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Many Americans are looking for any tax break they can find as the clock runs down toward the filing deadline. But before you just assume that a tax break is going to get the job done, you need to look at the details and make sure it will actually produce the tax savings you expect. Below, you'll find details on three popular tax breaks and some potential pitfalls you should know.

IRA contributions aren't always deductible
One of the most popular last-minute tax breaks that people use to reduce the amount they have to pay to the IRS is to make a contribution to a traditional IRA. IRA contributions for the 2015 tax year are allowed up until the April 18 tax-filing deadline, and typically, traditional IRA contributions give you a deduction you can use on your 2015 tax return.

If you're covered by a retirement plan at work, however, you might not be able to deduct your last-minute IRA contribution. The chart below has the various limits based on filing status for 2015. For example, if you're single and your modified adjusted gross income is more than $71,000, then you won't be able to claim an IRA deduction. If your income is between $61,000 and $71,000, you'll only be able to deduct a smaller amount.

Source: IRS.

Moreover, if you're married and your spouse had retirement plan coverage, your IRA might not be deductible even if you weren't covered by an employer retirement plan. Higher income limits of $193,000 for no deduction and $183,000 to begin the phase-out apply.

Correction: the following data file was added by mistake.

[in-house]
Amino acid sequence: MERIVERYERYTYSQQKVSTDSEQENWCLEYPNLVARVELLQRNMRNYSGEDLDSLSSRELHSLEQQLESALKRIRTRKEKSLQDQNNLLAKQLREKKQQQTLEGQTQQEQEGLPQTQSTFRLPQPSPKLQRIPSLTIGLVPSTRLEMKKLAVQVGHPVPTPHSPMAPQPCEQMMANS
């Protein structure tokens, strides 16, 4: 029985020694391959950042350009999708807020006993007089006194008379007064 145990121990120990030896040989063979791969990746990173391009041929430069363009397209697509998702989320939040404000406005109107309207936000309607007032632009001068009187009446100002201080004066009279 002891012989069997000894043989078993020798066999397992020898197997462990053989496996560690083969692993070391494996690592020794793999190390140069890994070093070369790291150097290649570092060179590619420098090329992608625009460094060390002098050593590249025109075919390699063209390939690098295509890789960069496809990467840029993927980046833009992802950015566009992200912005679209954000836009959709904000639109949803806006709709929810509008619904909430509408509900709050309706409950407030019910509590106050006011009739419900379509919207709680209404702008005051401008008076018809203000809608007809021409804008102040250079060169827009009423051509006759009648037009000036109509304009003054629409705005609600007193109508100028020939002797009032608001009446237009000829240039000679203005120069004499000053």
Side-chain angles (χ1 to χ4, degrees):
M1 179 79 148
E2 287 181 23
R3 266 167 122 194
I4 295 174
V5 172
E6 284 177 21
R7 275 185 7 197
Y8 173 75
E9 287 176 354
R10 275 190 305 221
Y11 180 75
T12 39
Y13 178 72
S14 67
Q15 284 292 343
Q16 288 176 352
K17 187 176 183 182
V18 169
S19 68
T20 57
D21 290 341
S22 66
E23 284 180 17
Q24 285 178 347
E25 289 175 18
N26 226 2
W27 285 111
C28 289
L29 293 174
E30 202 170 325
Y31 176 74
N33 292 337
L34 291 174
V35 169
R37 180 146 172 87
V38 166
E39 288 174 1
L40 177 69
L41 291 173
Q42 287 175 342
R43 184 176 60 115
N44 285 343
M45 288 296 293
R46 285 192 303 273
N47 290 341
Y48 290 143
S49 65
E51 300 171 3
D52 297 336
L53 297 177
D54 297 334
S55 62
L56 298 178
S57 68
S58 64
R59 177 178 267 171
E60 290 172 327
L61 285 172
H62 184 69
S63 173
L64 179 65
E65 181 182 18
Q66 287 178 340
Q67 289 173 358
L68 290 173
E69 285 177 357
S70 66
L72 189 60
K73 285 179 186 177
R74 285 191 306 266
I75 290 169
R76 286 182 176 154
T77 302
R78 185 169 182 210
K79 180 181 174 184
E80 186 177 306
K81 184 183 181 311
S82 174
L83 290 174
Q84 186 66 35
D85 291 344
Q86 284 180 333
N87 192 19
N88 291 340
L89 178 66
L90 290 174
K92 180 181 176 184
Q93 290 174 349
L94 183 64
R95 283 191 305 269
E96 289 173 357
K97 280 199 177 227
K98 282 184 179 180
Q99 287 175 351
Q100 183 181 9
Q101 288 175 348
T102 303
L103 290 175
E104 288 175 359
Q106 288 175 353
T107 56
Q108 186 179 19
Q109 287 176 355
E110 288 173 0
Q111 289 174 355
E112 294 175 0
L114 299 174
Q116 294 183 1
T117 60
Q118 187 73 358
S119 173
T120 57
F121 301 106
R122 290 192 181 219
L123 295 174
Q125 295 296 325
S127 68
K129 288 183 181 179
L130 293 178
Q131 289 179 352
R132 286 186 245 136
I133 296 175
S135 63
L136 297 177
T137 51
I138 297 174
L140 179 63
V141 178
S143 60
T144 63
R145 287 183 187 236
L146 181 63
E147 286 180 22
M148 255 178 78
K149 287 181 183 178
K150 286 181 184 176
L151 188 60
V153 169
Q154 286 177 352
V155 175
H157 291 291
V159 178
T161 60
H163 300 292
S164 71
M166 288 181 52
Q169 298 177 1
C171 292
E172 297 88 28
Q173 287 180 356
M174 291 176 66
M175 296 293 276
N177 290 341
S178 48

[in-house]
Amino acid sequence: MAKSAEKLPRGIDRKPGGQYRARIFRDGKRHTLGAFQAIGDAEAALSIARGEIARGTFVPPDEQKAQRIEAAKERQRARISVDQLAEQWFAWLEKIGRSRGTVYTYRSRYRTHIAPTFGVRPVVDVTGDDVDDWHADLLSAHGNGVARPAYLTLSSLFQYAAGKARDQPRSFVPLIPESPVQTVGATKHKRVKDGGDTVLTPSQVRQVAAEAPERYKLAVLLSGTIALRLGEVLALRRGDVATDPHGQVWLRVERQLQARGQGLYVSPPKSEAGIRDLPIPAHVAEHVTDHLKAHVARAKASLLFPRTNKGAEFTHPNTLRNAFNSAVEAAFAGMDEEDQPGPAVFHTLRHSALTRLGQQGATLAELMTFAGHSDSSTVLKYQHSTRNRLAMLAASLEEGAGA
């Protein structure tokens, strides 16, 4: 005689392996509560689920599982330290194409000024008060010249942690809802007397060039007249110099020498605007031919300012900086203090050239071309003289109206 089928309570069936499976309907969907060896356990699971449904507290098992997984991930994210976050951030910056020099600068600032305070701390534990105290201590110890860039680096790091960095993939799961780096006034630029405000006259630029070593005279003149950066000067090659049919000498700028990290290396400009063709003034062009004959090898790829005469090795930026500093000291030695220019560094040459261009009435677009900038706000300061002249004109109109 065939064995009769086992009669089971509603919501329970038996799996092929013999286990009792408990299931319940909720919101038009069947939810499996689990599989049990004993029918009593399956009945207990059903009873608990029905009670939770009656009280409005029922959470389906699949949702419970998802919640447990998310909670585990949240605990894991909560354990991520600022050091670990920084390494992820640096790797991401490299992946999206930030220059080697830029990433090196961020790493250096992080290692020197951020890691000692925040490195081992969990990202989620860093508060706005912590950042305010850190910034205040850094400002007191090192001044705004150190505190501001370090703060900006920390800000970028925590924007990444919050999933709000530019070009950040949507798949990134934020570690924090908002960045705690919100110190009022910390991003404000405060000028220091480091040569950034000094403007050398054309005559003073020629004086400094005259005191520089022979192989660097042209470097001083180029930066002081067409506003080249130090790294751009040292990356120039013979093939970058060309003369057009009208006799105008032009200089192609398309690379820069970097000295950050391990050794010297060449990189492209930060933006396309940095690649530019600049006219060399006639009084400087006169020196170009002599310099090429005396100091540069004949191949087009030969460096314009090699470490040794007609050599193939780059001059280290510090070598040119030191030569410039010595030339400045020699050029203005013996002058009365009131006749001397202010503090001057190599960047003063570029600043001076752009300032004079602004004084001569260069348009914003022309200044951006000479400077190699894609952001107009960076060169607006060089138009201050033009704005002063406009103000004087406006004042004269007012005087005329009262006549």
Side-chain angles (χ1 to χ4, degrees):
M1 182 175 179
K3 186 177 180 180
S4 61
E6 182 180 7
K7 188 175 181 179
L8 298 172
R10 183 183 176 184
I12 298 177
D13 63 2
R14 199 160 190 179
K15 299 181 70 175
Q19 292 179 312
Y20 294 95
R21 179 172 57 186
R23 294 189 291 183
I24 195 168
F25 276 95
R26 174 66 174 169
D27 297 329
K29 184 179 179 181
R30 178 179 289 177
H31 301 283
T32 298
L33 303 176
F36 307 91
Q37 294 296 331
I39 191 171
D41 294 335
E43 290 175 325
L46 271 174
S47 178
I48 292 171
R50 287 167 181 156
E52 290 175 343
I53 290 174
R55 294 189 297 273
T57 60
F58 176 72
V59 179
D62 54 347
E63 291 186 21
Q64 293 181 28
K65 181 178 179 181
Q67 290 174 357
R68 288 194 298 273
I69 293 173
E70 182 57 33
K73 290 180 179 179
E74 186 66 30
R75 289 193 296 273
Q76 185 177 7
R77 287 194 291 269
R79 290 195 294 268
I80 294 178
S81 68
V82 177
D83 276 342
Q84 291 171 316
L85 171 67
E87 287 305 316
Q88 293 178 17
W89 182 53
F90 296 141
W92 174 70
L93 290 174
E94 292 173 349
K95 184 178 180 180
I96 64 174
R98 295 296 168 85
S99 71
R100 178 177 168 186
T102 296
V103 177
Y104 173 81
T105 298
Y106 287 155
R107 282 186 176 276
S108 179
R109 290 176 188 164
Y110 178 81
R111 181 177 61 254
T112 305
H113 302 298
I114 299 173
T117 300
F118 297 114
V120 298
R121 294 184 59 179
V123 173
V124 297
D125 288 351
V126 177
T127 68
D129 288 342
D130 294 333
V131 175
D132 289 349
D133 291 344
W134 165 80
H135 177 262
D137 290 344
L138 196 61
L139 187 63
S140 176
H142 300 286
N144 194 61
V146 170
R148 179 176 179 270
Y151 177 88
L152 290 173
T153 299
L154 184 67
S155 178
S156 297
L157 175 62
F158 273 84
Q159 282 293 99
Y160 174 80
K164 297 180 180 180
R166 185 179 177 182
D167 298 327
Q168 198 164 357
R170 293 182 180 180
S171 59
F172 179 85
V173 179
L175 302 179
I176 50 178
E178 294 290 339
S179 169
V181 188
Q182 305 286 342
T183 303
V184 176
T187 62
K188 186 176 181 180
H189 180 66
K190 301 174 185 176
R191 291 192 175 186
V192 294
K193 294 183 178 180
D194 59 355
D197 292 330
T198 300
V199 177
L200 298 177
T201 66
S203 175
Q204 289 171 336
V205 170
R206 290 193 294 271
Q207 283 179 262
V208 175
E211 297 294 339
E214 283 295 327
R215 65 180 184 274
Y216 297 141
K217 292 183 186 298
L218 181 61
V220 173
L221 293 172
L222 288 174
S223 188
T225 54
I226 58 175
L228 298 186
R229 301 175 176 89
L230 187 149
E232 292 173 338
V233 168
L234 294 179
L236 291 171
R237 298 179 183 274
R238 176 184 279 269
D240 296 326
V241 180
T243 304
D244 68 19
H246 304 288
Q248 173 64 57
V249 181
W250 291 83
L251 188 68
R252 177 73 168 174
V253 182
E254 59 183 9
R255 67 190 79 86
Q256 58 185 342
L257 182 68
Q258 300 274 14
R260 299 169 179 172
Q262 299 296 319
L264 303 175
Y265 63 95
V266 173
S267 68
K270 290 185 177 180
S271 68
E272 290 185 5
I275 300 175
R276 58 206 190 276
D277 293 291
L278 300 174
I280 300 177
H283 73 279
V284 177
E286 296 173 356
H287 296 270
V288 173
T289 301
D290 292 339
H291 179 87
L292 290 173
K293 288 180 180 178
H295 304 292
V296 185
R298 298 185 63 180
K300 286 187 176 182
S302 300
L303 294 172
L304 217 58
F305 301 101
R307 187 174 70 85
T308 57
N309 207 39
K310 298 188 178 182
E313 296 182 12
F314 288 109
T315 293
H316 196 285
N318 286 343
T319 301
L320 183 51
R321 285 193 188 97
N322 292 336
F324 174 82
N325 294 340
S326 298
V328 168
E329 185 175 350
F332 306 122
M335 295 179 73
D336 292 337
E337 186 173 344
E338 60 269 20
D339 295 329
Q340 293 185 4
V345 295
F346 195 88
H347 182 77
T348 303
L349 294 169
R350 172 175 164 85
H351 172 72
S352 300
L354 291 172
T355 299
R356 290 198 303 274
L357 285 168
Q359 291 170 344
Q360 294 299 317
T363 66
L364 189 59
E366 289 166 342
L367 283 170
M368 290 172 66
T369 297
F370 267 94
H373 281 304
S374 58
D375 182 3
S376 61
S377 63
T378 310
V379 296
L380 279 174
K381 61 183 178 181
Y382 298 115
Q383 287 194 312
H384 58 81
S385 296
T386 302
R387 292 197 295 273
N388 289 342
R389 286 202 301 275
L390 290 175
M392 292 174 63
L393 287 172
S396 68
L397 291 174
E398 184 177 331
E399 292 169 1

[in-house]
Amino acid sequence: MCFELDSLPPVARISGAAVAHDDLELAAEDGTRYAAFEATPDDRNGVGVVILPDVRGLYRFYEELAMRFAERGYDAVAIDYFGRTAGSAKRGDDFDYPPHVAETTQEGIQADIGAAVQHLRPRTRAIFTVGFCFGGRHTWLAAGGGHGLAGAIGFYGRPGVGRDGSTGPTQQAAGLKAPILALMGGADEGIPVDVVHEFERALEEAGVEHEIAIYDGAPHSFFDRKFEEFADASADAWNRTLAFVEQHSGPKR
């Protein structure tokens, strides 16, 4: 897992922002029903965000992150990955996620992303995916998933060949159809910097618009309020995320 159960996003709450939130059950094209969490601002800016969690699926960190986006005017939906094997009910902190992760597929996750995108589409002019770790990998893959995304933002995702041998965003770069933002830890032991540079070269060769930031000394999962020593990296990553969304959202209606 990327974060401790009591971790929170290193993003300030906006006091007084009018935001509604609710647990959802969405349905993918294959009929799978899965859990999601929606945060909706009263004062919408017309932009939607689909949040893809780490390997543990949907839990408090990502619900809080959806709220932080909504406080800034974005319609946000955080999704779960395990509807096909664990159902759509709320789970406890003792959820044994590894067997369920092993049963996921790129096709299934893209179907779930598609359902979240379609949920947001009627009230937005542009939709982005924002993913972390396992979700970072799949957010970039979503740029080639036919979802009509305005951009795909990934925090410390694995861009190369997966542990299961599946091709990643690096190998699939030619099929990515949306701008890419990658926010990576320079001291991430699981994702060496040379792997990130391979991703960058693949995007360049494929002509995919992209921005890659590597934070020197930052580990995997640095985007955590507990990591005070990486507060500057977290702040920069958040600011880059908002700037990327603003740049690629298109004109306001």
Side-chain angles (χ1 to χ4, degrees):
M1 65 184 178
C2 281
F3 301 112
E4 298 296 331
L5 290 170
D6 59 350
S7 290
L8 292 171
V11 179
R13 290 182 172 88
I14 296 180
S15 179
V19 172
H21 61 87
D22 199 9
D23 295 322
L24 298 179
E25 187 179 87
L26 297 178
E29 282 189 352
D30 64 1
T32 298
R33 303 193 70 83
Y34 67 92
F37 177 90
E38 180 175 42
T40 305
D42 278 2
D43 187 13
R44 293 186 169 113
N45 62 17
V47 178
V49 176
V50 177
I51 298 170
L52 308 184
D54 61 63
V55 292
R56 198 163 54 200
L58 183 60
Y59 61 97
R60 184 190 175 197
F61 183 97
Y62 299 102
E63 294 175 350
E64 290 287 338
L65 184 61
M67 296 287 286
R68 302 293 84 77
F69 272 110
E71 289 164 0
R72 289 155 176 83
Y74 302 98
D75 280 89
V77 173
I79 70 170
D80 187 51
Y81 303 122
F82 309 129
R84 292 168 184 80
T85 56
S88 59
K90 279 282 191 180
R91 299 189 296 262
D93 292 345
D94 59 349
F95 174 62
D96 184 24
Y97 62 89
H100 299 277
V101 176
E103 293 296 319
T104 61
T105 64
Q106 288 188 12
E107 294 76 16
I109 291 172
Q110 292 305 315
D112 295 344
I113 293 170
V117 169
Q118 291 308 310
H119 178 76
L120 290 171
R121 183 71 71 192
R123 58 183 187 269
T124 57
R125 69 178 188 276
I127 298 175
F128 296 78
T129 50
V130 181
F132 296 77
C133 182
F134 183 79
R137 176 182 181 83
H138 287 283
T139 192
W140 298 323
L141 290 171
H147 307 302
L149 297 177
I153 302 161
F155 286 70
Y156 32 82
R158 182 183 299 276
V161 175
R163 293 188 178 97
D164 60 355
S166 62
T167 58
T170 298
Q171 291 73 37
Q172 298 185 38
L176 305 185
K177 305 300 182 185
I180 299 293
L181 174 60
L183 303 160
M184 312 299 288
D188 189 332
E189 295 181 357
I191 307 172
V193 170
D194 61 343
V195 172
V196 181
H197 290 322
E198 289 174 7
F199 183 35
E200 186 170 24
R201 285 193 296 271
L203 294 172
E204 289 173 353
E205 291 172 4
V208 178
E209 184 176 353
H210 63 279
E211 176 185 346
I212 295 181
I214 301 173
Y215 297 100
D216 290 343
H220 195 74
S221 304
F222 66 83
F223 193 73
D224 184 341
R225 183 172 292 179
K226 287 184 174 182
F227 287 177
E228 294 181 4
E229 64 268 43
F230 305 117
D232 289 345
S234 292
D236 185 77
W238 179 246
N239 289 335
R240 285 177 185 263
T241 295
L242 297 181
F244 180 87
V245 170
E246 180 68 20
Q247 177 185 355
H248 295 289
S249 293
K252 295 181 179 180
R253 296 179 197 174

You have to file a return in order to receive the Earned Income Tax Credit
The Earned Income Tax Credit is designed to help low-income taxpayers by providing a tax break if they have work-related income. The amount of the credit depends on filing status, family size, and income, and some families can receive more than $6,000 under this tax break. Even better, the credit is refundable, meaning that you can get a refund from the IRS even if you don't need to use all of the credit toward reducing your tax liability.

The one thing that trips people up, though, is that even if you would otherwise not have to file a tax return at all, you must file if you want to get the Earned Income Tax Credit. That can affect many low-income families, because the tax filing threshold for joint filers for 2015 is $20,600. Reading the basic instructions, families with total income below that amount could conclude that they didn't need to file. But that would be a costly mistake, causing them to miss out on their credit and potentially lose thousands of dollars in tax benefits.

You have to pick the right state taxes to claim
You can deduct state and local taxes as an itemized deduction, but there's a choice you have to make. You can deduct income taxes or sales taxes but not both. Some states have either no income tax or no sales tax, and so the choice is obvious. For those in states with both types of taxes, you have to do the math both ways and pick the best answer.

Also, keep in mind that you can use the IRS state sales tax tables to come up with a figure for sales tax owed. You always have the right to claim your actual tax paid, but you're allowed to use the figure in the table even if you actually paid less than that amount in sales taxes during the year. If you don't know about the table, however, you could end up claiming too low a deduction and overpaying on your taxes.

These three tax breaks can give you lucrative savings on your tax return, but make sure you know how to claim them the right away. Otherwise, you could end up leaving money on the table that should have gone into your pocket.